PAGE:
Resource Room

For Steve Kobrin's Jewish Meditation Class

“Meditation, Judaism, and Self-Mastery”
Let’s reclaim our spiritual heritage!


Special Meditation workshop


“I am not getting getting anywhere in my meditation – there is no special feeling.”

“Steve, what has been your highest experience / achievement”

  1. Review: What is meditation?

A. “In the most general sense, meditation consists of thinking in a controlled manner. It is deciding exactly how one wishes to direct the mind for a period of time, and then doing it.” Rabbi Aryeh Kaplan.

B. “Meditation is the foundation of all true martial arts. To still, and thus control the mind, is of the utmost importance.” Shifu Raymond Ahles.

C. “(World Class performers) know that the better they become at controlling their thoughts, the better their results will be, and it all begins with metacognition.” Steve Siebold, Mental Toughness Coach.

  1. Why meditate?
    Rabbi Kaplan – “Jewish Meditation”

A. To “think in new ways and have richer mind experiences, p 8.
B. To enhance concentration, pp 8-9.
C. To enhance awareness and perception, pp 10 – 11.
D. To attain “esoteric” awareness, p 12.
E. To develop ESP, p 12.
F. To attune the mind to certain “Truths,” p 13.
G. To tune in to the spiritual, pp 13 – 14.
H. To experience God, p 14.

  1. How does Meditation affect the brain?
From Sinha Clinic
    Each of us, however, always has some degree of each of these brainwave bands present in different parts of our brain. Delta brainwaves will also occur when areas of the brain go “off line” to take up nourishment. If we are becoming drowsy, there are more delta and slow theta brainwaves creeping in. If we are inattentive to external things and our mind is wandering, there is more theta present. If we are exceptionally anxious and tense, an excessively high frequency of beta brainwaves is often present. 
    Persons with ADHD, learning disabilities, head injuries, stroke, Tourette’s syndrome, epilepsy, including chronic fatigue syndrome and fibromyalgia tend to have excessive slow waves (usually theta and sometimes excess alpha) present. When an excessive amount of slow waves are present in the executive (frontal) parts of the brain, it becomes difficult to control attention, behavior, and/or emotions. Such persons generally have problems with concentration, memory, controlling their impulses and moods, or with hyperactivity. They can’t focus very well and exhibit diminished intellectual efficiency.
From Science Daily:
    Relaxed attention with theta
    During meditation, theta waves were most abundant in the frontal and middle parts of the brain.
    “These types of waves likely originate from a relaxed attention that monitors our inner experiences. Here lies a significant difference between meditation and relaxing without any specific technique,” emphasizes Lagopoulos.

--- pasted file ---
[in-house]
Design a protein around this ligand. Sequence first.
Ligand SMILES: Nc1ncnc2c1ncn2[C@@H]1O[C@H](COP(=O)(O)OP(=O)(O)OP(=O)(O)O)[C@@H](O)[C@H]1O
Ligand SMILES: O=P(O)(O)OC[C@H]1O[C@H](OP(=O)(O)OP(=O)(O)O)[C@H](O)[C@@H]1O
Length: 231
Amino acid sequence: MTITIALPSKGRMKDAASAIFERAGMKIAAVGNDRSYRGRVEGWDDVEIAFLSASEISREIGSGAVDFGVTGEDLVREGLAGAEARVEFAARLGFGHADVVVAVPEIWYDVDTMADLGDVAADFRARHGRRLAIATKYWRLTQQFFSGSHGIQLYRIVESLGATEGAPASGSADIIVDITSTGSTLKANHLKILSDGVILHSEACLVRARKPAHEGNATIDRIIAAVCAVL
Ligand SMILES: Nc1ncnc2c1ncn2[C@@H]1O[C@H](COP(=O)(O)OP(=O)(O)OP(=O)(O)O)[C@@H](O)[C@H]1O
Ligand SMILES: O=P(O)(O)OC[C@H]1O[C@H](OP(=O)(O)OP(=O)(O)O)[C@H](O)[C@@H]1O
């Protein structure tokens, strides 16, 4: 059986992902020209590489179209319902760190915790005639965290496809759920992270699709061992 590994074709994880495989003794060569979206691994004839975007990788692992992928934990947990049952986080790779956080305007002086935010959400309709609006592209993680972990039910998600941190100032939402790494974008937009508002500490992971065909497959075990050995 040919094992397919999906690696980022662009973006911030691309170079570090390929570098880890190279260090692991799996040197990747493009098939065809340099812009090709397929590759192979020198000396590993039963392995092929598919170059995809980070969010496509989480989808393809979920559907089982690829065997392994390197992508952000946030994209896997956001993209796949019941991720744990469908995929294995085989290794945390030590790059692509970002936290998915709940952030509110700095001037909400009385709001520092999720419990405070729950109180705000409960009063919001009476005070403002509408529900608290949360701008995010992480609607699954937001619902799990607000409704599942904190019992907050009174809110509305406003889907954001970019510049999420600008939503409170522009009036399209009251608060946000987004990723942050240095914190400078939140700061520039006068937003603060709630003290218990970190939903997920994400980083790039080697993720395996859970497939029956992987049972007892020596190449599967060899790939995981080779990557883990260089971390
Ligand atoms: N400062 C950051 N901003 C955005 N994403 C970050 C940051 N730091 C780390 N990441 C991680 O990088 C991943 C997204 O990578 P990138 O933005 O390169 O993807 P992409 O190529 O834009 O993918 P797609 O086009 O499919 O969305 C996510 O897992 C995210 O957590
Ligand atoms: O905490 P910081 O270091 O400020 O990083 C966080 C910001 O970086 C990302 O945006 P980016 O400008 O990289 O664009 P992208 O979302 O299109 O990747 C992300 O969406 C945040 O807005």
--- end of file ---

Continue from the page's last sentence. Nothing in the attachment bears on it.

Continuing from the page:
“Previous studies have shown that theta waves indicate deep relaxation and occur more frequently in highly experienced meditation practitioners. The source is probably frontal parts of the brain, which are associated with monitoring of other mental processes.”
    “When we measure mental calm, these regions signal to lower parts of the brain, inducing the physical relaxation response that occurs during meditation.”
    Silent experiences with alpha
    Alpha waves were more abundant in the posterior parts of the brain during meditation than during simple relaxation. They are characteristic of wakeful rest.
    “This wave type has been used as a universal sign of relaxation during meditation and other types of rest,” comments Professor Øyvind Ellingsen from NTNU. “The amount of alpha waves increases when the brain relaxes from intentional, goal-oriented tasks.This is a sign of deep relaxation, — but it does not mean that the mind is void.”
    Neuroimaging studies by Malia F. Mason and co-workers at Dartmouth College NH suggest that the normal resting state of the brain is a silent current of thoughts, images and memories that is not induced by sensory input or intentional reasoning, but emerges spontaneously “from within.”
    “Spontaneous wandering of the mind is something you become more aware of and familiar with when you meditate,” continues Ellingsen, who is an experienced practitioner. “This default activity of the brain is often underestimated. It probably represents a kind of mental processing that connects various experiences and emotional residues, puts them into perspective and lays them to rest.”
    Take home message
    Nondirective meditation yields more marked changes in electrical brain wave activity associated with wakeful, relaxed attention, than just resting without any specific mental technique.

  1. How to Meditate: Dedicated meditation vs In The Moment
    A. Dedicated: Body / breath / brain

1). Relaxation exercise
2). Box Breathing
Commander Mark Divine, “The Way of the Seal,” p 138
Box Breathing exercise
3). Meditate

B. In the Moment:

1). When should you meditate?
When feeling anxious or distressed
When having trouble falling asleep
When feeling angry
When feeling happy!

2). Where should you meditate?
a. At home
While waiting for your food to heat up in the microwave
While soaking in the tub

b. In the office
While on “hold” on the phone
While waiting for the Zoom conference to begin

c. On the road
While sitting in traffic

d. At a restaurant
While waiting to be served

e. At a store
While waiting to check out

f. In Shul
During the repetition of the Amidah
In between Aliyot